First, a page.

The second prong of the first step test requires that the applicant perform an overt act or acts in furtherance of the intent to appropriate water and apply it to a beneficial use. Bar 70 Enters., Inc. v. Tosco Corp., 703 P.2d 1297, 1307 (Colo.1985). The overt act or acts must fulfill three functions: (1) manifest the necessary intent to appropriate water to beneficial use; (2) demonstrate the taking of a substantial step toward the application of water to beneficial use; and (3) constitute inquiry notice to interested persons of the nature and extent of the proposed demand upon the water supply. City of Thornton v. Bijou Irrigation Co., 926 P.2d 1, 32 (Colo.1996) (Bijou Irrigation); Bar 70, 703 P.2d at 1307. The overt acts can be physical acts or other useful acts towards effectuating an appropriation, such as planning the appropriation of water, undertaking studies regarding feasibility of the diversion, expending human or financial capital in activities connected with the appropriation, or applying for required permits. Thornton, 830 P.2d at 926.

The first function of the second prong of the first step test, manifesting intent to appropriate water for a beneficial use, is similar to the first prong (intent). When the applicant proves an overt act demonstrating intent, he or she also proves the first prong of the first step test. See id. at 925. Filing an application for a conditional water *913 right can satisfy the intent prong of the first step test and fulfill the first function of the second prong, manifesting the intent to appropriate water. Id. at 926.

The second function of the second prong of the first step test, taking a substantial step towards applying the water to a beneficial use, turns on the facts of the case. There is no bright line rule for when an act constitutes a sufficient "substantial step." In Thornton, we explained that it is unlikely that the act of filing an application for a conditional water right, without any other actions, will fulfill the second function of the second prong of the first step test. Id. A detailed field survey can constitute a substantial step in some circumstances. Bar 70, 703 P.2d at 1308. However, whether a field survey performs this function is fact-specific. In Bar 70, we held that a field trip by applicants fell short of constituting a substantial step toward appropriation, when the applicants failed to approach the proposed pumping site, failed to survey the points of diversion and storage, and failed to locate monuments or set stakes. Id.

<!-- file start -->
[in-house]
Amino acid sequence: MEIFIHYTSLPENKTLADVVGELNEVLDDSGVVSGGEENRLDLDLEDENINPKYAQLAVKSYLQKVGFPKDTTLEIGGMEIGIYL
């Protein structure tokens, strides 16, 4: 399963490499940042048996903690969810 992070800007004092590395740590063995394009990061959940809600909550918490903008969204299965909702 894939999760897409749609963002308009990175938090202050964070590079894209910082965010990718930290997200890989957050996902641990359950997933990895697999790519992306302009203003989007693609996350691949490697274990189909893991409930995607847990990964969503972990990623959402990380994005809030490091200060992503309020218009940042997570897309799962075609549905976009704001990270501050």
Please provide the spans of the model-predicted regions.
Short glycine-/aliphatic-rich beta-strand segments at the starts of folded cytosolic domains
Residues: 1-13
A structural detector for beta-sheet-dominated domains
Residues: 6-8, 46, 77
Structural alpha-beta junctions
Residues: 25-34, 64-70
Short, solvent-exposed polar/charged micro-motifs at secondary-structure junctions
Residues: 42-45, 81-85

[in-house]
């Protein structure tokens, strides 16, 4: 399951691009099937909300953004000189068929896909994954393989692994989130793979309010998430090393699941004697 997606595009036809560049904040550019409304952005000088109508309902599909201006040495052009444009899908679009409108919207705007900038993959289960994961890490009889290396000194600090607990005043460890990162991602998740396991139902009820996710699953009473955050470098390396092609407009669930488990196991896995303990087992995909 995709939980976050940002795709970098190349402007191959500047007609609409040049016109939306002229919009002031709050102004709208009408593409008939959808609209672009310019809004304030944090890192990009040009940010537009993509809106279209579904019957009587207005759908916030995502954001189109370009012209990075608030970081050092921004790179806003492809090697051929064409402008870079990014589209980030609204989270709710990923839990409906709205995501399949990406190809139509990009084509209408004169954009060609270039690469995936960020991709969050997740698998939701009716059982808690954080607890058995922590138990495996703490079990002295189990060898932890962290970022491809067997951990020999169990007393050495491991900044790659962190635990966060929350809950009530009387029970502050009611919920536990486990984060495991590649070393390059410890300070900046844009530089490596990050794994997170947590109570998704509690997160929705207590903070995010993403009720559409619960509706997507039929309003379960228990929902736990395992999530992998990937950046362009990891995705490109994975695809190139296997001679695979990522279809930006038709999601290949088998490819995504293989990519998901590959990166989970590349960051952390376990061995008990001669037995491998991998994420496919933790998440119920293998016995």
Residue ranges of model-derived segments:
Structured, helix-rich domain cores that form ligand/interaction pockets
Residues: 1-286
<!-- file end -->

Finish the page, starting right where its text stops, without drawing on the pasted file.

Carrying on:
The third function of the second prong of the first step test, giving notice to interested persons of the nature and extent of the proposed demand upon the water supply, is perhaps the most important function. It must place other potential or actual appropriators on inquiry notice regarding the source of the water supply, point of diversion, beneficial use, and amount of diversion. Fruitland Irrigation, 62 Colo. at 165, 162 P. at 163; see City and County of Denver v. N. Colo. Water Conservancy Dist., 130 Colo. 375, 393, 276 P.2d 992, 1001 (1954).

Inquiry notice requires more than mere notice of an unrefined intent to appropriate, but less than a detailed summary of exact diversion specifications. Bijou Irrigation, 926 P.2d at 34. Filing an application for a conditional water right can provide sufficient notice of the intent to appropriate. Thornton, 830 P.2d at 926. A field survey of the proposed appropriation site, without visible staking or posting, does not provide the required notice.[6] Even a field survey, where signs are posted alerting readers of a pending water right application, provides insufficient notice where the signs do not indicate the potential uses or potential quantities of water proposed for diversion. Bijou Irrigation, 926 P.2d at 34-35.

Whether an applicant for a conditional water right has completed the first step towards an appropriation is a mixed question of law and fact, requiring application of a legal standard to the particular facts of the case. Bijou Irrigation, 926 P.2d at 32. We defer to the court's findings of fact if they are supported by the record and review the court's legal conclusions de novo. See People v. Schall, 59 P.3d 848, 851 (Colo.2002).

In addition to satisfying both prongs of the first step test, the applicant must demonstrate that he or she meets the can and will test.

2. Can and Will Requirement

An applicant must prove by a preponderance of the evidence that he or she can and will complete the appropriation diligently and place the water to a beneficial use within a reasonable time. Aspen Wilderness Workshop, 929 P.2d at 723-24. The General Assembly enacted section 37-92-305(9)(b), 10 C.R.S. (2002), to reduce speculation associated with conditional water decrees and to increase certainty in the administration of *914 water rights. FWS Land & Cattle Co. v. Colorado, 795 P.2d 837, 840 (Colo.1990). The statute provides: